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and she took over the running of the business, determined to continue to operate in accordance with her fathers philosophy about tenants. She and Nicholas had four children, all of whom are still living. Daughters Becky Huitt, Debbie Anderson and Sandy Starling all live in or near Starke. Harper sold all but 9.5 acres, the campground itself, to the steel mill in an effort to reduce expenses. Son David lives on the property and helps out around the property when not working in the lawn care business his father started, Nicks Landscaping, which has been in business for 37 years. Harper works in the lawn care business as well, grabbing a mower or weed eater and pitching in when they are shorthanded. The family also owns Harpers Wood Shop, which produces outdoor furniture. These are all family businesses, Harper said. There is always something that needs doing and everybody stays busy. The mix of tenants at Lost Valley roughly parallels the populations found in governmentsubsidized housing. There are living on the property collecting their Social Security. One of their sons had built a house on the property and rented it out. One night the house burned. The resulting insurance money provided the funds to start what Browder had been thinking about for a long time an affordable place where people with multiple children could live. Harper said that when her parents were raising their children her father always had a hard time finding a place to live that didnt have a job that went with it. Property owners didnt want to rent to people with more than one or two children, Harper said. My father wanted to create a place where family size didnt matter, that was affordable for families and people who were on a fixed income. Profit was not the main motive, he just wanted to help people. Harper and her husband, Nicholas, had come from California to join the family, so she was there from the beginning of the endeavor. The campground was planned to contain 42 sites and was built in two halves, with the first half supposed to eventually pay for developing the second half. Harper remembers it took BY TRACY LEE TATE Special to the Telegraph, Times and Monitor Keeping her fathers dream alive is one of the main motivations for Ruby Harper, owner of Lost Valley Campground in Starke. Harper was born in 1937 and raised in Unicoi County, Tennessee, as were her parents Henry and Hazel Browder. She was the only girl in a family with five sons. The family eventually moved to Escondido, California, where her father worked as a carpenter. In July of 1968, Browder came to Starke from California and purchased 77 acres of land on CR-100A. He returned to California, but came back to Starke to stay in September of the same year. He had been in an automobile wreck and was on the verge of giving up when he found work with the Sunland Training Center. Browder used the land for a hobby farm, just for the family. There was a big pecan grove on the property, which provided enough annual income to pay the property taxes each year. The family raised cows, pigs and chickens for their own use, as well as keeping a garden. Browder and his wife were worsened over the years until he finally became disabled. Twelve years ago, he had to sell his home because he could not keep up the property. Eight years ago, he moved to Lost Valley because he had a friend in residence. I am more content here than anywhere I have lived in my life, Wilborn said. It is like a family out here. Its a wonderful place within reasonable financial reach and convenient to shopping and medical services. It doesnt deserve the reputation it has, but a few bad apples seem to have their effect. Earline Barwick arrived in Lost Valley a month after Wilborn, moving from a campground in Waldo. Originally from Vermont, Barwick came to the BY TRACY LEE TATE Special to the Telegraph The residents of Lost Valley Campground are a varied lot in age and background but are unified in that they all need a place that they can afford to call home. Randy Wilborn is originally from Illinois, but moved to Florida seeking employment. He worked in agriculture and also owned several businesses of his own, including a taxi service, a retail sales establishment, a contracting business and a carpet and vinyl sales and installation operation. Wilborn was born with several health problems, which have Thursday, Aug. 7, 2014 Telegraph, Times & Monitor B Section 5B WANTED a posse to celebrate the ofBILL DODDSATAUG 16TH2-6 PMAll Family & Friends are Invited! : Brooker Community Center Brooker, FL 32622 : Cindy at 904-796-1028 or cindysue4me@yahoo.com The last group of Americans that Ill mention are those that are actively and deliberately working to change this country into something else. They are the tail wagging the jackass (because the rest of us just allow it to happen). These are the people at all levels and in every political party who, by what they say and do, condemn capitalism, want to redistribute the wealth of others, want to increase rather than reduce government control of our lives, deny us the rights we have received from our Creator, and trash our Constitution. They believe that we, the people, arent capable of governing ourselves. They ignore all the terrible consequences associated with the previous failures of socialism in every place it has been imposed, especially the tens of millions of murders. They are the most unAmerican of all of us. And they operate with the endorsement of the majority of the media, Hollywood, and Academia. In spite of this collection of mediocre and/or un-American citizens, there are also many people, all over this land, who believe in this country; who live up to their responsibilities; who vote always; who actually do things to ensure that we preserve the absolute gift from God that we know as the United States of America. Will they prevail? I dont know. I do know that it would be very helpful if their number was to double. Leonard C. Young Keystone Heights LETTER Continued from 4B Varied group calls Lost Valley home area on a vacation from her job in a furniture mill in 1993 and liked the area, so she returned when she retired. Barwick said she moves from the campground every now and then, but always returns. Im on Social Security and I can afford it here, Barwick said. I have a lot of friends that live in the campground and I am happy living here. I can them six months to get the well water cleared by the health department (a process which must be repeated quarterly). Each half had to have its own septic system and Browder remembers how complicated it was to set up the power and the plumbing, which her father did mostly himself, then had it inspected by the county. Much of the work was a sort of on-thejob training, as shown by a humorous memory of Harpers. We had the bathhouse built and we painted the floors, Harper said. We just used regular concrete paint. Once some tenants moved in, we saw that we had a problem. The floors would get slick when they got wet and the children would make a game of sliding as far as they could; sometimes right out the door. We learned that we had to put sand in the paint to fix the problem. The campground had a slow start when the first half opened. We only had one tenant the whole first year, Harper said. He was going to school to be a welder. Then we got a couple with eight little girls. It was these kids that taught us about painting concrete. Eventually, things really took off and we started filling up. Most people came with their own campers, but we picked up a few along the way for rentals. Harpers father died in 1980 and Earline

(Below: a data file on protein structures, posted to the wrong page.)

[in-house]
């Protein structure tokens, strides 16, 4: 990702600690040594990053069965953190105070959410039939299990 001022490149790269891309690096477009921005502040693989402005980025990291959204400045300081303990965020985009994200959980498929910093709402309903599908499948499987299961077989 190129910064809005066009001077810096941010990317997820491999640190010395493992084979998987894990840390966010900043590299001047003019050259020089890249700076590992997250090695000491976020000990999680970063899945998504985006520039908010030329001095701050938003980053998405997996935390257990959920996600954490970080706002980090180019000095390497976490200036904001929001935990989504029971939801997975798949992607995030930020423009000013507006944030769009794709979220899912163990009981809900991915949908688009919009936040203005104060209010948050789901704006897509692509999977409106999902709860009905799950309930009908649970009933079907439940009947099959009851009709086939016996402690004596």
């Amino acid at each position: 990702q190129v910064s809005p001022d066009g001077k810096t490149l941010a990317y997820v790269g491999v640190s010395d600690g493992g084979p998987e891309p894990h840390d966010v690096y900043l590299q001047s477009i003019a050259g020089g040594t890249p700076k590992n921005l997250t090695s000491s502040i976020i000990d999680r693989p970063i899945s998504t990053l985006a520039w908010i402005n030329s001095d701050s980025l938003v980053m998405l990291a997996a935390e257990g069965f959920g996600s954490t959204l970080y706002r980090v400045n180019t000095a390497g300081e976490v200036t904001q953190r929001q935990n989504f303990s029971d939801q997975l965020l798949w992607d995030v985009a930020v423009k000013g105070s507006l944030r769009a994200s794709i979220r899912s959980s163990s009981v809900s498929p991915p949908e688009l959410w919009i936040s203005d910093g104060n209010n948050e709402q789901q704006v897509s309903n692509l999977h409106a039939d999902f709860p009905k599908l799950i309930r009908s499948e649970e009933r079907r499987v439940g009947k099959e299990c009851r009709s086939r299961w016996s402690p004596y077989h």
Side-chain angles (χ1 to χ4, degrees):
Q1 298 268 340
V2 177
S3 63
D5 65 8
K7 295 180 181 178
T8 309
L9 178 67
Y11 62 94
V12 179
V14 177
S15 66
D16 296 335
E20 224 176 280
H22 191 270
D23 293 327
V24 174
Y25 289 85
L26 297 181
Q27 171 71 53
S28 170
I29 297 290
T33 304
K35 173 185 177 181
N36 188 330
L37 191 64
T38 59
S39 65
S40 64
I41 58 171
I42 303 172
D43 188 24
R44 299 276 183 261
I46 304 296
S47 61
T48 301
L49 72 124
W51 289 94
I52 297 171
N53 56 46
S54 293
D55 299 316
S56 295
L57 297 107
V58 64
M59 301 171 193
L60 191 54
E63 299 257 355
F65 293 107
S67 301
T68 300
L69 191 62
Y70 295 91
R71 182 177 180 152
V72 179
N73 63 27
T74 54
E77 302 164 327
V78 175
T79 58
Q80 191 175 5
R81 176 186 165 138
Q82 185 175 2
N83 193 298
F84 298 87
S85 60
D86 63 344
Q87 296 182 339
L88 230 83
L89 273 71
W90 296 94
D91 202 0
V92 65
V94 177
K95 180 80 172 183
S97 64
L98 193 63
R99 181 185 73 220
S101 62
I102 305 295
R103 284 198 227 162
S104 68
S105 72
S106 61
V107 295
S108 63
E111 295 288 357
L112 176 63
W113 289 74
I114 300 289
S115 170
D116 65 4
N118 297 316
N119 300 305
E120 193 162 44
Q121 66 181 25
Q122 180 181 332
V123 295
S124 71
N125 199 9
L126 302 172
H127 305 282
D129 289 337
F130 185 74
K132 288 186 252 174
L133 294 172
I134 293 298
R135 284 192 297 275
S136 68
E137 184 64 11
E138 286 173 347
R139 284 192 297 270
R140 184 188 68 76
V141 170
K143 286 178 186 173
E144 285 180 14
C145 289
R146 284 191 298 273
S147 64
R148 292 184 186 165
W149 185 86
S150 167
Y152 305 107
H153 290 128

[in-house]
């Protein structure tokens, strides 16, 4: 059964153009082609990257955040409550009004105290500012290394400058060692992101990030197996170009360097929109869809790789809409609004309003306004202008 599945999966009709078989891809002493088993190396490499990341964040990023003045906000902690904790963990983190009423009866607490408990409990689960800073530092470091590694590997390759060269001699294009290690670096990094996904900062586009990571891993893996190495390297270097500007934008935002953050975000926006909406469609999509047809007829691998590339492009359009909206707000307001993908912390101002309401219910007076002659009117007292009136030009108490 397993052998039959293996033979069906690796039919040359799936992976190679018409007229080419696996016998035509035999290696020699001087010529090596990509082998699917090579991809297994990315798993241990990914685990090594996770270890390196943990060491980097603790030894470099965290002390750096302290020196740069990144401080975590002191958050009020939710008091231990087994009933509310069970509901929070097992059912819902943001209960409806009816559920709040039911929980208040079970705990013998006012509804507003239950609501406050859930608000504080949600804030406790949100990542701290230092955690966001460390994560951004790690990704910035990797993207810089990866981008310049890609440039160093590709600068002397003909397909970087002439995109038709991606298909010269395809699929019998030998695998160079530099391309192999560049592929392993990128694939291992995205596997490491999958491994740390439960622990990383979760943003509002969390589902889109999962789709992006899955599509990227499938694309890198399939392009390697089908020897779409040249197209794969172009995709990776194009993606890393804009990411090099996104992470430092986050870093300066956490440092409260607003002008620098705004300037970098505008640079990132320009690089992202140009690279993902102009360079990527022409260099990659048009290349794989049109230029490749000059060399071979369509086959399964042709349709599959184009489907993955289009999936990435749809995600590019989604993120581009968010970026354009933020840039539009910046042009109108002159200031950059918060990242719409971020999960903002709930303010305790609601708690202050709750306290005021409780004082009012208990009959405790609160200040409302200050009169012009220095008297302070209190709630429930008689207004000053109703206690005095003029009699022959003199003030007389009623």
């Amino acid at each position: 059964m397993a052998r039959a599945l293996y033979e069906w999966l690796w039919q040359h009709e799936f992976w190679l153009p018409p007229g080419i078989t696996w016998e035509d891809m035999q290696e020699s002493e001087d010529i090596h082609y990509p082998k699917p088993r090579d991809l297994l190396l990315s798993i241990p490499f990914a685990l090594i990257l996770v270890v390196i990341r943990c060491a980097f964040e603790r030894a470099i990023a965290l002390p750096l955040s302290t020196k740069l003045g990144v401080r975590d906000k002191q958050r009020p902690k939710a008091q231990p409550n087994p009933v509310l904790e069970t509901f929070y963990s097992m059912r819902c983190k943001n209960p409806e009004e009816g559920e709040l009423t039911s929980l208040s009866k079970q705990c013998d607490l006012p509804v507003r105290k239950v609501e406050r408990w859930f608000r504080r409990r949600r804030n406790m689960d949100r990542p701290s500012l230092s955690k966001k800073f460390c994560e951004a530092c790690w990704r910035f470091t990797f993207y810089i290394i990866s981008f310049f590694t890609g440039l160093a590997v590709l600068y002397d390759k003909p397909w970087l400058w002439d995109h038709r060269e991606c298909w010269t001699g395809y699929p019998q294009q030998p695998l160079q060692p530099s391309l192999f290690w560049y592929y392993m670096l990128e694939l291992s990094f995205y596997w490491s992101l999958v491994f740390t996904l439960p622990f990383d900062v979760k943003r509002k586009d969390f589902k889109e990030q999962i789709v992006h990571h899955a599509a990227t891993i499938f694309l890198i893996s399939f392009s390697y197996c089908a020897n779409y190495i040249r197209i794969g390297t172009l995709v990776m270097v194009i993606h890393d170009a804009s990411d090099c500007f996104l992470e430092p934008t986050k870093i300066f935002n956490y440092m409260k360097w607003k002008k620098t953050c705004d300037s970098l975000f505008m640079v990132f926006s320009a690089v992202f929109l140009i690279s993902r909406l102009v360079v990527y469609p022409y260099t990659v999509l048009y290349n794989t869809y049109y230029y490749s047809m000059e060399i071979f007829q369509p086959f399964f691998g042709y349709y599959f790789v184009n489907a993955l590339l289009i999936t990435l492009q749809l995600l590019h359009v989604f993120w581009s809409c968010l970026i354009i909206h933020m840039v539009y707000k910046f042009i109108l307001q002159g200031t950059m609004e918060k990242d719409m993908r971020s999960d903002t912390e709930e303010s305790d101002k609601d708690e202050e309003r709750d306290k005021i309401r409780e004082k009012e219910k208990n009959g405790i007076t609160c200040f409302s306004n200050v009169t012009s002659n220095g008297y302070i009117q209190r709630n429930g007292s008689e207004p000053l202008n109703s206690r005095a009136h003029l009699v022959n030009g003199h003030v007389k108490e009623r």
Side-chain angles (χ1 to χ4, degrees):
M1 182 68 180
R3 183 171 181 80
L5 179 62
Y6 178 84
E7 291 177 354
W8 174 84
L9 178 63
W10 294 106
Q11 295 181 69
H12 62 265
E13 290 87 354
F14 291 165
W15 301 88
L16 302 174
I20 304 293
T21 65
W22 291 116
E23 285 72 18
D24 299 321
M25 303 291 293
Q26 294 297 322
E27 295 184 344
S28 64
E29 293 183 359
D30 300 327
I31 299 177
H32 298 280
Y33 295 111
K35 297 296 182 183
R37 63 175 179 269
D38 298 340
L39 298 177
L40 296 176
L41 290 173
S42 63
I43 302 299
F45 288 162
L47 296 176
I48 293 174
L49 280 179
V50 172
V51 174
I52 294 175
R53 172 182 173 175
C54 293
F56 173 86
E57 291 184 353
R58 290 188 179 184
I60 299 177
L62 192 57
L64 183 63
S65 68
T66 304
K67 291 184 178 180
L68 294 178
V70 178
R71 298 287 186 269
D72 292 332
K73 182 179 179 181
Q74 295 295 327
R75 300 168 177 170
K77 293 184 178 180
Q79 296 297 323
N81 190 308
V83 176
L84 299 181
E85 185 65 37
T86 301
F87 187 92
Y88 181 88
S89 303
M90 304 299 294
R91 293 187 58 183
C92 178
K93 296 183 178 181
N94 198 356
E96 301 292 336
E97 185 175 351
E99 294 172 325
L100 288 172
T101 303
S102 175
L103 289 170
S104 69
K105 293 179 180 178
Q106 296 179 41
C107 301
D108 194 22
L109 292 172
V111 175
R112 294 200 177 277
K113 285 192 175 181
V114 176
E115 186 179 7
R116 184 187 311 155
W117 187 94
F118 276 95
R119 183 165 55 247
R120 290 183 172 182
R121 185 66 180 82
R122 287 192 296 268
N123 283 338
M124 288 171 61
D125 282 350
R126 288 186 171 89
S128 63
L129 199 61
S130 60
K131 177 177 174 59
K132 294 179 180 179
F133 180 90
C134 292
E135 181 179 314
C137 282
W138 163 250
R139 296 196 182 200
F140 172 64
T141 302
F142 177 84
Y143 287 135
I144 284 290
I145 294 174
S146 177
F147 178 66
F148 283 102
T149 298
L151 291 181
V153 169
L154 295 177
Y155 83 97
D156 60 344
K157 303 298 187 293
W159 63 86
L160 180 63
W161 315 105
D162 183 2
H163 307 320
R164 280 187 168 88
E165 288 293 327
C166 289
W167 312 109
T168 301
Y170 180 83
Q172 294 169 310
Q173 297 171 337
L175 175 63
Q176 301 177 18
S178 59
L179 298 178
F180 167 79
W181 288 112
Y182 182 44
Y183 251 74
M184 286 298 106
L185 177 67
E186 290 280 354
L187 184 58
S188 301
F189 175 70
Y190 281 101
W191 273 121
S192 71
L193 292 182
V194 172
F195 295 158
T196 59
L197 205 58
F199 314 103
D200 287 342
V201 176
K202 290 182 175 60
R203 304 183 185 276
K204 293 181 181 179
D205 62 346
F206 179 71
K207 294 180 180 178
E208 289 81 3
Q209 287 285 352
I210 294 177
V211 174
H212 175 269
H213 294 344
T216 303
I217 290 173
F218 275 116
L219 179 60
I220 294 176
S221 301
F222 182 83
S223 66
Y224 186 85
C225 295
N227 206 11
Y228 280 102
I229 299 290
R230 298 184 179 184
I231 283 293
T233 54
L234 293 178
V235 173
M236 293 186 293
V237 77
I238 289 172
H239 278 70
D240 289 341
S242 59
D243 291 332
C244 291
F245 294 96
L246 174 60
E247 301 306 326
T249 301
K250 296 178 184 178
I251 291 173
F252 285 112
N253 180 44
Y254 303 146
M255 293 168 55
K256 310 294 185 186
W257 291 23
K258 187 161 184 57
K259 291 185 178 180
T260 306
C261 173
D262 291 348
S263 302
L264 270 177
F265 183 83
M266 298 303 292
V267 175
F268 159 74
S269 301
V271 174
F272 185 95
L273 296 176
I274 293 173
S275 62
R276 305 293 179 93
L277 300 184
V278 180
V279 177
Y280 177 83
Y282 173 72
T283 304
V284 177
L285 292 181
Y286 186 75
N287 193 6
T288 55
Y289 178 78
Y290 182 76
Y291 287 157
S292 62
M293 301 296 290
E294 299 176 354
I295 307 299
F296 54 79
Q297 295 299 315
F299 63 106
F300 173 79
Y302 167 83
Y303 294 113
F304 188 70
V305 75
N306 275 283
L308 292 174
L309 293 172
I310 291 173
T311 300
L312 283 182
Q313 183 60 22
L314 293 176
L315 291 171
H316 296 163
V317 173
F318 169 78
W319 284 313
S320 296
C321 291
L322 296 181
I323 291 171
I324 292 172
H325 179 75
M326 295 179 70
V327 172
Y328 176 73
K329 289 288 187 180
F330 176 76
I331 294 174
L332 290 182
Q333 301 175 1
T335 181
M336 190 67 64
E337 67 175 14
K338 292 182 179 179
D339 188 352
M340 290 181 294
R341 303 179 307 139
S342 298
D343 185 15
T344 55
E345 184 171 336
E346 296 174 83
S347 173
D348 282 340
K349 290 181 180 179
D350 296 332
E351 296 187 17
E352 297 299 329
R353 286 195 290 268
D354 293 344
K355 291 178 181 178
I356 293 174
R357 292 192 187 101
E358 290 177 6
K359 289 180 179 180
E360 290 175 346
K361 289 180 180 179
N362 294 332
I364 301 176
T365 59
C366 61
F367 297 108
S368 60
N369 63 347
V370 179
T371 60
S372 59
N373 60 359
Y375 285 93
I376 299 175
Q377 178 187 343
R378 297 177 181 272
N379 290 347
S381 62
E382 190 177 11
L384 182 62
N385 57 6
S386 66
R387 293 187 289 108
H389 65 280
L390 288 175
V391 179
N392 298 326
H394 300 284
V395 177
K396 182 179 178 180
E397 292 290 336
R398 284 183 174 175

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6B Telegraph, Times & Monitor B Section Thursday, Aug. 7, 2014 407 W. Washington St. Starke, FL (904)964-4361(Next to Bradford High School)Lic. #30969The FIRST preschool in town with monitored security cameras for the added safety of your children.Open MONDAY-FRIDAY 6:30 a.m. 6 p.m.July 1987 July 2012Pre-K & child care for ages 1 -12 yearsBradford Pre-SchoolIn Business Since July 1987 Hot, nutritious meals provided at no additional cost. Snacks too! Come by and meet our staff ...Our pre-K teachers are all certified through the CDA classes. 964-(8473)13761 South US 301 Starke(1/2 mile south of walmart) Tires Wheels Vehicle Accessories Golf Carts & Parts Jo es Tires starting at: t Crime t The following individuals were arrested recently by local law enforcement officers in Bradford, Union and Clay (Keystone Heights area) counties: Bradford Atavius Dequan Barnes, 22, of Starke was arrested July 31 by Bradford deputies for possession of marijuana and for possession of drug equipment. According to the arrest report, a deputy responded to a complaint that someone was cooking crack cocaine at a room in the Sleepy Hollow Motel. Barnes was in the room and said there wasnt any dope in the room and that the deputy could come in and look. The deputy found a paper bag with cocaine in it under a bed, but Barnes denied it was his, but admitted he had smoked a marijuana cigarette recently in the room. Part of the marijuana was in an ashtray next to the bed. Barnes was arrested, with bond set at $4,000 for the charges. Albert Cornelious Baugess, 45, of Starke was arrested Aug. 2 by Bradford deputies for battery. According to the arrest report, Baugess started striking his wife in the face as she tried to sleep, using his hand that had a cast on it. The deputy that arrived noted the victim had lacerations on her face, and she stated to the deputy that Baugess wanted to go to jail because someone he wants to beat up is currently in the jail. Baugess admitted to the deputy that he hit his wife and that he did want to go to jail. He was arrested, and bond was set at $5,000 for the charge. Adrian Greg Bay, 42, of Lawtey was arrested Aug. 3 by Bradford deputies for driving while license suspended or revoked. Bond was set at $3,500 for the charge. Eric C. Bay, 40, of Lawtey was arrested Aug. 1 by Starke police on a warrant for withholding child support. Bond was set at $2,184 for the charge. Martin Paul Beckstrom, 34, of Keystone Heights was arrested Aug. 1 by Bradford deputies for driving while license suspended or revoked. Bond was set at $500 for the charge. Amber Monique Bennett, 23, of Starke was arrested Aug. 2 by Bradford deputies on an out-ofcounty warrant from Alachua for probation violation on original charge of battery on an officer/ firefighter. No bond was allowed for the charge. Shirone Kennard Bonnett, 34, of Starke was arrested Aug. 2 by Bradford deputies on an out-ofcounty warrant from Alachua for probation violation on original charge of disorderly conduct and possession of cannabis less than 20 grams. No bond was allowed for the charge. Cecil Ronnie Carter, 55, of Starke was arrested Aug. 3 by Bradford deputies for aggravated battery, aggravated battery, kidnappingfalse imprisonment and obstructing justice intimidate/threaten victim witness informant. According to the arrest report, Carter battered his wife several times over a twoday period, including choking her and putting a pillow over her face until she couldnt breath. He wouldnt let her leave their home either. He also threw her phone at her, causing it to not work, and preventing her from calling 911. When the victims sister came to the home, she called 911, and a deputy was dispatched. The deputy found Carter laying on the floor of the home staring at the ceiling, refusing to get up when ordered to do so. Carter was arrested, with bond set at $60,000 for the charges. Dallis Gregory Dark, 18, of Keystone Heights was arrested Aug. 2 by Bradford deputies for possession of marijuana and for contributing to the delinquency of a minor. According to the arrest report, Dark was pulled over for speeding and was observed dropping something out the window by the deputy. Dark had four passengers in the vehicle, ranging in age from 12 to 17. After questioning by the deputy, Dark admitted to throwing out a marijuana cigarette when he saw the deputy, and a search of the vehicle turned up a container with marijuana in it. Dark was arrested with bond set at $3,500 for the charges. The minors were released to the custody of a relative after their parents were notified. Bond was set at $3,500 for the charges. Cheryl Shambrea Farr, 27, of Waldo was arrested Aug. 2 by Bradford deputies for driving under the influence. Bond was set at $1,500 for the charge. Sandi Beth Fryer, 26, of Green Cove Springs was arrested July 31 by Bradford deputies for probation violation. Marilyn P. Gamble, 52, of Starke was arrested July 30 by Bradford deputies for failure to appear. No bond was allowed for the charges. Christopher Daniel Geistlinger, 27, of Starke was arrested Aug. 1 by Bradford deputies on four charges of failure to appear. Bond was set at $60,000 for the charges. Adam Christopher Glisson, 32, of Starke was arrested Aug. 2 by Starke police for shoplifting petit theft. According to the arrest report, Glisson was in the Walmart in Starke and observed by an employee putting several electronic items in a plastic Walmart bag he had entered the store with. He then paid for several items, but not a computer cable and micro card in the bag, valued at approximately $68 total. After attempting to leave the store, he was detained by store employees until police arrived. Robert Conner Godwin, 22, of Keystone Heights was arrested July 29 by Bradford deputies for failure to appear. Bond was set at $2,000 for the charge. Audrey Fuller Graham, 35, of Lake Butler was arrested July 29 by Bradford deputies for possession of drug equipment. According to the arrest report, several people observed Graham driving erratically in the Brooker area. When Graham pulled into the Kangaroo store in Brooker, two people blocked her vehicle from leaving and called 911. Deputies arrived and noted that Graham had slurred speech, bloodshot eyes and trouble keeping her balance when asked to exit her vehicle. A search of her vehicle turned up a metal pill bottle with cocaine residue in it. Graham was asked to perform field sobriety exercises, which she was able to do, but she was still arrested for the drug equipment possession charge, with bond was set at $1,000. Mary Maegan Grogan, 23, of Keystone Heights was arrested Aug. 2 by Bradford deputies during a traffic stop for possession of marijuana and possession of drug equipment. Bond was set at $4,500 for the charges. Kelly Joe Hallowell, 54, of Interlachen was arrested Aug. 4 by Bradford deputies for larceny and hit and run. According to the arrest report, Hallowell went into the Kangaroo store at S.R. 100 and Griffis Loop in Starke, and after 15 minutes, left the store with two iced coffees without paying for them. As he was backing out of his parking space, he hit a pole protecting a gas pump, damaging his van and a fire extinguisher attached to the pump. Deputies were called and found him near the store attempting to cover up a busted window in the back of his van. Hallowell admitted to hitting Recent arrests in Bradford, Clay and Union the pole, stating he had a lot of things on his mind after getting off work. He also said he was going to his moms to borrow some money. He was arrested on the above charges and issued a traffic citation for improper backing. Littleton John Henley, 46, of La Crosse was arrested July 31 by Bradford deputies for an outof-county warrant from Alachua for failure to appear driving under the influence. Bond was set at $10,000 for the charge. William Ray Holmes, 52, of Gainesville was arrested Aug. 4 by Bradford deputies for probation violation. Bond was set at $1,000 for the charge. Thirlun Etimothy Jackson, 39, of Palatka was arrested Aug. 1 by Bradford deputies for driving while license suspended or revoked. Bond was set at $500 for the charge. Lisa Rae McPherson, 56, of Melrose was arrested Aug. 1 by Bradford deputies for driving under the influence. Bond was set at $2,500 for the charge. David Lee Mobley, 44, of Starke was arrested July 30 by Bradford deputies on two charges of failure to appear. Bond was set at $2,500 for the charges. Monte Danell Moore, 50, of Hampton was arrested July 30 by Bradford deputies on a warrant for hit and runleaving the scene of an accident that caused an injury. Bond was set at $5,000 for the charge. James Russell Morris, 25, of Raiford was arrested Aug. 4 by Bradford deputies for probation violation. No bond was allowed for the charge. Christina Lynn Muro, 37, of Melrose was arrested July 29 by Bradford deputies for driving under the influence and for probation violation. No bond was allowed for the charges. Rebecca Lyn Neal, 31, of Keystone Heights was arrested July 29 by Bradford deputies during a traffic stop for possession of marijuana and for possession of drug equipment. Bond was set at $1,000 for the charges. Sidney Newman, 20, of Keystone Heights was arrested July 31 by Bradford deputies during a traffic stop for fraud false identification given to law enforcement and for an out-ofcounty warrant from Clay for failure to appear on original charge of driving while licenses suspended or revoked. According to the arrest report, Newman was a passenger in a car stopped for speeding on C.R. 21B and at first gave the deputy a false name and false date of birth when questioned. She later admitted to lying, and the warrant from Clay was discovered using her real information. No bond was allowed for the charges. Brainard Houston Osteen, 47, of Lawtey was arrested Aug. 1 by Starke police for driving while license suspended or revoked. Bond was set at $10,000 for the charge. Joseph Michael Pate, 36, of Starke was arrested Aug. 1 by Bradford deputies on an out-ofcounty warrant from Suwannee. Bond was set at $570 for the charge. John Stewart Payne, 51, of Middleburg was arrested Aug. 1 by Starke police for driving while license suspended or revoked. Bond was set at $500 for the charge. Orlando Perez, 31, of New York City was arrested July 29 by Lawtey police for driving while license suspended or revoked. Bond was set at $500 for the charge. Ryan Joseph Quinto, 31, of Apolla Beach was arrested Aug. 1 by Bradford deputies for probation violation. No bond was allowed for the charge. George Rodriguez, 46, of Brooklyn, New York was arrested Aug. 3 by Bradford deputies for driving while license suspended or revoked. Bond was set at $500 for the charge. Savannah Victoria Serrano, 24, of Palatka was arrested Aug. 4 by Bradford deputies for probation violation. No bond was allowed for the charge. Kimberly Lane Slaughter, 27, of Starke was arrested July 29 by Starke police for battery. According to the arrest report, Slaughter battered her boyfriend several times, first at their home after a verbal altercation when she broke his phone charger as he held up his arm to block her from striking him. The victim later went to Walgreens to purchase a new charger, and Slaughter attempted to buy it for him, but he refused, and she grabbed him by the arm, leaving marks above his elbow. Walgreens management called police after observing the incident at the store, and Slaughter was arrested.